In 1803 Street applied for a position in the Supreme Court, was turned down, so pursued his legal business. Six years later he was re-elected to the assembly for Sunbury, his fellow representative being James Taylor, and he served, uneventfully, until defeated in September 1816. That year he was again refused a Supreme Court position, but in 1819 he was appointed to the Council by the lieutenant governor, George Stracey Smyth. In 1821, after his son, George Frederick*, had killed George Ludlow Wetmore in a duel, Street went about Fredericton tearing down the hue-and-cry notices posted by the coroner, William Taylor. On 20 Dec. 1824 his wife died; six years later he himself died and was interred beside her in the Old Burying Ground, Fredericton.
Throughout his political life, in spite of the often partisan nature of his activities, Street appears to have had a clear and consistent political philosophy. At a time when many New Brunswickers were prepared to invest almost all political power in the governor and his council, Street agitated for a responsible role for the elected assembly, a role which would reflect the rights and privileges accorded parliament within the British constitution, in particular its control over appropriations. But in the wake of the American and French revolutions and in the face of the Napoleonic threat, New Brunswick opted in 1802 for the apparent security of a paternalistic, hierarchical form of authority with power clearly concentrated in the representatives of the crown. To most New Brunswickers, it was a question of loyalty, plain and simple; any distribution of authority smacked of republicanism. It would be another generation before Maritimers developed a desire for responsible government.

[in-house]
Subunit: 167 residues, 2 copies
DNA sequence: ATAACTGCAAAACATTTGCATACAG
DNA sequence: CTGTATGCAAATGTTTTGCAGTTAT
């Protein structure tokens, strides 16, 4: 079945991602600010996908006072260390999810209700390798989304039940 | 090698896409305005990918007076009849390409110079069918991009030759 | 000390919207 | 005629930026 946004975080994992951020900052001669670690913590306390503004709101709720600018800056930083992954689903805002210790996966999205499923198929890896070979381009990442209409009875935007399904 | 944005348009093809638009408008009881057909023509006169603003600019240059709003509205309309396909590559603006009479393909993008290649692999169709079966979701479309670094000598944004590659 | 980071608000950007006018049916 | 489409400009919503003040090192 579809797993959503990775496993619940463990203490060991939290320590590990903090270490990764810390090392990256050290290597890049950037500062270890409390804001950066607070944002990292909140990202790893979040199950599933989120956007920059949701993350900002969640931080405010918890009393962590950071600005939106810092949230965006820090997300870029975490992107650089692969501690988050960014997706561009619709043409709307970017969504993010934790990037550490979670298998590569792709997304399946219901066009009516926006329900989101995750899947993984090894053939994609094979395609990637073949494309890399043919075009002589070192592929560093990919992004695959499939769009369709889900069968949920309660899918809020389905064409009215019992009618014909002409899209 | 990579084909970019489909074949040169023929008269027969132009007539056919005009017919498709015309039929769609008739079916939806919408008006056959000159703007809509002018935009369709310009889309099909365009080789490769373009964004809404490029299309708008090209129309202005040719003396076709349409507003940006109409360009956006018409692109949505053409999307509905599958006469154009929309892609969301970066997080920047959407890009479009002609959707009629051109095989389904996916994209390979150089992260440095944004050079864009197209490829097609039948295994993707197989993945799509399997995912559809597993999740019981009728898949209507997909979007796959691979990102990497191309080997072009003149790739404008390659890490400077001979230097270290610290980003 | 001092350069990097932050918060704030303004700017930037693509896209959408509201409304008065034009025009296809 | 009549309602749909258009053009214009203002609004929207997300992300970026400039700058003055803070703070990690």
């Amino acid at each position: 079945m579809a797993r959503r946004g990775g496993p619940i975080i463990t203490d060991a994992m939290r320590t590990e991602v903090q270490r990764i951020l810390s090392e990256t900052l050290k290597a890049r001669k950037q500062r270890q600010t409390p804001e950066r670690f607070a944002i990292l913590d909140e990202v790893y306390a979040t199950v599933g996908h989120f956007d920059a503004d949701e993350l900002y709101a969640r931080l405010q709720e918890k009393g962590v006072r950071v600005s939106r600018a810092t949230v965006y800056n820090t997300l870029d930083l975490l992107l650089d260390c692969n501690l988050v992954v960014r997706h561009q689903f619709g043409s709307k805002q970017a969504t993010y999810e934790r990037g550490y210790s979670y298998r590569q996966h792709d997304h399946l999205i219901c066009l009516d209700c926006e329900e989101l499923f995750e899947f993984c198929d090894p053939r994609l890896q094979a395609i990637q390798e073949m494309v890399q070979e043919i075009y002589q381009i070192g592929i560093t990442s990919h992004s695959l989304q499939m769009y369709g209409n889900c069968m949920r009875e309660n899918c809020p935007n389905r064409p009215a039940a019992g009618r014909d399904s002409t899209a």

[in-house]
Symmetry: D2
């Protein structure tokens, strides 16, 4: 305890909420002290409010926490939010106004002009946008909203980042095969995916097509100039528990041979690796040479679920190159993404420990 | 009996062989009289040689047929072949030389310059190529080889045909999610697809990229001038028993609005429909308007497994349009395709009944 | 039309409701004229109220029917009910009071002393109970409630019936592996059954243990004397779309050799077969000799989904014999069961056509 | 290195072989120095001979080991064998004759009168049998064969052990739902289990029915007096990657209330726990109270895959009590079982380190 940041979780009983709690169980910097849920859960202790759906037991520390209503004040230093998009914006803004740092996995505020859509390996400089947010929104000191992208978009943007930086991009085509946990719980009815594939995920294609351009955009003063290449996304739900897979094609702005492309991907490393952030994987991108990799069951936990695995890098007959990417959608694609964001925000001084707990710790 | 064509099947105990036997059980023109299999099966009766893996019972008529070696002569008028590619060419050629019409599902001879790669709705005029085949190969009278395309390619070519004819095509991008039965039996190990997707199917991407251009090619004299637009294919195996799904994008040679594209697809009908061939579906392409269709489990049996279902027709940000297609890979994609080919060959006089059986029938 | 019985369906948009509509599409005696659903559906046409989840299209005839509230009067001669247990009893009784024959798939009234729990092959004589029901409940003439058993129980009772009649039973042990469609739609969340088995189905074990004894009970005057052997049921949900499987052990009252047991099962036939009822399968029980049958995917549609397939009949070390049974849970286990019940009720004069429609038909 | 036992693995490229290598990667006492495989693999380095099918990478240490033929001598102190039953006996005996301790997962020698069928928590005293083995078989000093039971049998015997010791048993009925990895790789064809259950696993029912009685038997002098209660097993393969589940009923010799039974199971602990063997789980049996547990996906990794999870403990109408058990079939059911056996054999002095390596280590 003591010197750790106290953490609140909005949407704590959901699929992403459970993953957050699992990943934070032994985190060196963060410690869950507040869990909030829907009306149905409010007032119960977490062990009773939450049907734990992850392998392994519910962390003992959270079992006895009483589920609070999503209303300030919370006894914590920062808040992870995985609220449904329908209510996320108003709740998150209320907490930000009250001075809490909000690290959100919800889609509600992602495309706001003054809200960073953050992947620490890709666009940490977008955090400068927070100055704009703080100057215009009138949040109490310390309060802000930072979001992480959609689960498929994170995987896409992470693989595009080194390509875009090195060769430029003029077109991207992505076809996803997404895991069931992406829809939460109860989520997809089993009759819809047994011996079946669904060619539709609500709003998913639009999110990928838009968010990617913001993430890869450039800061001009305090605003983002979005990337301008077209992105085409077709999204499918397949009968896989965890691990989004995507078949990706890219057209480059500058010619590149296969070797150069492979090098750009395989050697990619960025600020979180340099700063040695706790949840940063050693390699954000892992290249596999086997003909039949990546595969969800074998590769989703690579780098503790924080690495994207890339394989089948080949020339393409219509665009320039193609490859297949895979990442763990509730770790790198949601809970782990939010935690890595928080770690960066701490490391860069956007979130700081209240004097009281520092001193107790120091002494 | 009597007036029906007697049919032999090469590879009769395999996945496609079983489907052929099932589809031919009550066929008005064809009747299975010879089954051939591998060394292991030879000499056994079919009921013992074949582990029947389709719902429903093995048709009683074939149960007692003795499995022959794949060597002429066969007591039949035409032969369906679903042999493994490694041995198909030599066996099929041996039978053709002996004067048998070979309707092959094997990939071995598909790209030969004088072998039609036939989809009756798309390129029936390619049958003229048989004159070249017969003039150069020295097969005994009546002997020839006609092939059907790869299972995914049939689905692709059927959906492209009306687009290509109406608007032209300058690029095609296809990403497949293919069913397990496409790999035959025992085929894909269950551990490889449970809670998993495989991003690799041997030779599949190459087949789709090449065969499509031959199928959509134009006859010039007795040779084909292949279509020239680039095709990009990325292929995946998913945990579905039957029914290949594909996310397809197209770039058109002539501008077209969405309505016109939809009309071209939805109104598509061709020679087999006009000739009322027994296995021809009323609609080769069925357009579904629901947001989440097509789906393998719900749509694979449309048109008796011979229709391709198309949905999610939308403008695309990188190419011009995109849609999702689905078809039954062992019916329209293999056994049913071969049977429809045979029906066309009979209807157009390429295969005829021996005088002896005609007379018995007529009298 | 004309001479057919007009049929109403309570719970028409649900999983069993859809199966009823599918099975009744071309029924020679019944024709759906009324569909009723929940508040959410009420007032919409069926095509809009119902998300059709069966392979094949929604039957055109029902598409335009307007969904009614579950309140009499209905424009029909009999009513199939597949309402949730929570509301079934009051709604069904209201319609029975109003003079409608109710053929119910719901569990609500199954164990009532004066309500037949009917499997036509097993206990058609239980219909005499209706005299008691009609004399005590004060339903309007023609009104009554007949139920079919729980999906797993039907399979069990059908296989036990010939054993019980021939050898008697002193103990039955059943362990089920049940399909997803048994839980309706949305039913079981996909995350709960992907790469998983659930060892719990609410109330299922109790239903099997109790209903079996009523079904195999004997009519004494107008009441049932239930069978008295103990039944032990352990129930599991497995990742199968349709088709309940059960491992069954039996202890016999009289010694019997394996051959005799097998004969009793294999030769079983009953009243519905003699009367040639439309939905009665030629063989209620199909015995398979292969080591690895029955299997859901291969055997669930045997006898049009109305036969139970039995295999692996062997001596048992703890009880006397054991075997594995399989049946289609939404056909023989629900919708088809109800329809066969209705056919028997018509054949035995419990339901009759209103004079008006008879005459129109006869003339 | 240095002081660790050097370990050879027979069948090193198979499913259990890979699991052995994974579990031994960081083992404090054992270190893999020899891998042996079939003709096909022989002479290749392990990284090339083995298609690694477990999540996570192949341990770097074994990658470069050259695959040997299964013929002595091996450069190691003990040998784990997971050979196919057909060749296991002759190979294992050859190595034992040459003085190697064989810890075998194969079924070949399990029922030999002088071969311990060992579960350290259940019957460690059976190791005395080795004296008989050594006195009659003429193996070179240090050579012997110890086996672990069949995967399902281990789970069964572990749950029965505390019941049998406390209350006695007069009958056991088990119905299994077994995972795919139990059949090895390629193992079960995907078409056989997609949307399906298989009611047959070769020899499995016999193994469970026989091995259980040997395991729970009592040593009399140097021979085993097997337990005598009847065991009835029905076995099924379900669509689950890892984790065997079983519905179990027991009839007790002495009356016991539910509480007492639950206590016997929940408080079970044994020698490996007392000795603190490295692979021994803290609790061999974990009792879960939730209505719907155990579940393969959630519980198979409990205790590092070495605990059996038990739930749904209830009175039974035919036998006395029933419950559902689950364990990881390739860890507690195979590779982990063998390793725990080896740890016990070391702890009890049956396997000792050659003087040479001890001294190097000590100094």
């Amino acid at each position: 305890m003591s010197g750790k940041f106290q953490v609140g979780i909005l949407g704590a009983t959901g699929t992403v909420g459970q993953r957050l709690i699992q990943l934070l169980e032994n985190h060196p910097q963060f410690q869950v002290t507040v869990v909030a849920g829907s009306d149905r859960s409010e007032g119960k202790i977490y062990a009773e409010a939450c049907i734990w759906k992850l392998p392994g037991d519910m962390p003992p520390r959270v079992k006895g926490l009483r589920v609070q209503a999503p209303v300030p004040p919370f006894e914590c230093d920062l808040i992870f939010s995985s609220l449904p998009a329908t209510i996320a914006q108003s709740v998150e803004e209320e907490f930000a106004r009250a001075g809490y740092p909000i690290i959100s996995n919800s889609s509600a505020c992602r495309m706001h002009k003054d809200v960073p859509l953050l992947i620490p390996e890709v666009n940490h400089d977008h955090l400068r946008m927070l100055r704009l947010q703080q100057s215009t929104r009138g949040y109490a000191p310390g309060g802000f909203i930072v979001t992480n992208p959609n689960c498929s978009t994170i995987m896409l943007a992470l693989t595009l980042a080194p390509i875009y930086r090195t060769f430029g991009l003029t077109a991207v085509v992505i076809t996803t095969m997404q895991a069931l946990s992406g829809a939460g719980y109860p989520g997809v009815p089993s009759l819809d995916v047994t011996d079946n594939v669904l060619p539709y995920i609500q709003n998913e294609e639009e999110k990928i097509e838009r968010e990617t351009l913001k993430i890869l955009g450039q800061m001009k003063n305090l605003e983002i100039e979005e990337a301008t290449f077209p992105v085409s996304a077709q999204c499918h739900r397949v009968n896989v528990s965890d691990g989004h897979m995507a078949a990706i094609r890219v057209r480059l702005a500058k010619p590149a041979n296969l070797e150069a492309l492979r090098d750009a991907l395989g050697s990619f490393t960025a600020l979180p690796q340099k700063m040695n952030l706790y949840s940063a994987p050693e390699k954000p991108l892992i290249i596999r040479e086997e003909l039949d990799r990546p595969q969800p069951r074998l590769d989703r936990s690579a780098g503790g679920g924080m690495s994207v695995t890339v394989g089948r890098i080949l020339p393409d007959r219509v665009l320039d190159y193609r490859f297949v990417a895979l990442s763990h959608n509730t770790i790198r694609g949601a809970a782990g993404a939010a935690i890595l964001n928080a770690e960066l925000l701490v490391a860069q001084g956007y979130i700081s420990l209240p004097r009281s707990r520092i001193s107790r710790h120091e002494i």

One of Street’s greatest contributions to New Brunswick was his children. Of the 12, George Frederick became a judge of the Supreme Court of New Brunswick, William Henry and John Ambrose Sharman* were elected to the assembly, Samuel Denny Lee was Anglican rector of Woodstock for 40 years, and daughter Ann Frances married George Duncan Berton, sheriff of York County. In addition to their own offspring, the Streets raised the three orphan children of Dr Ambrose Sharman, who had served with Street in the Royal Fencible Americans and who drowned at Burton in 1793. His daughter Ann married William Carman and was the grandmother of William Bliss Carman*, the poet.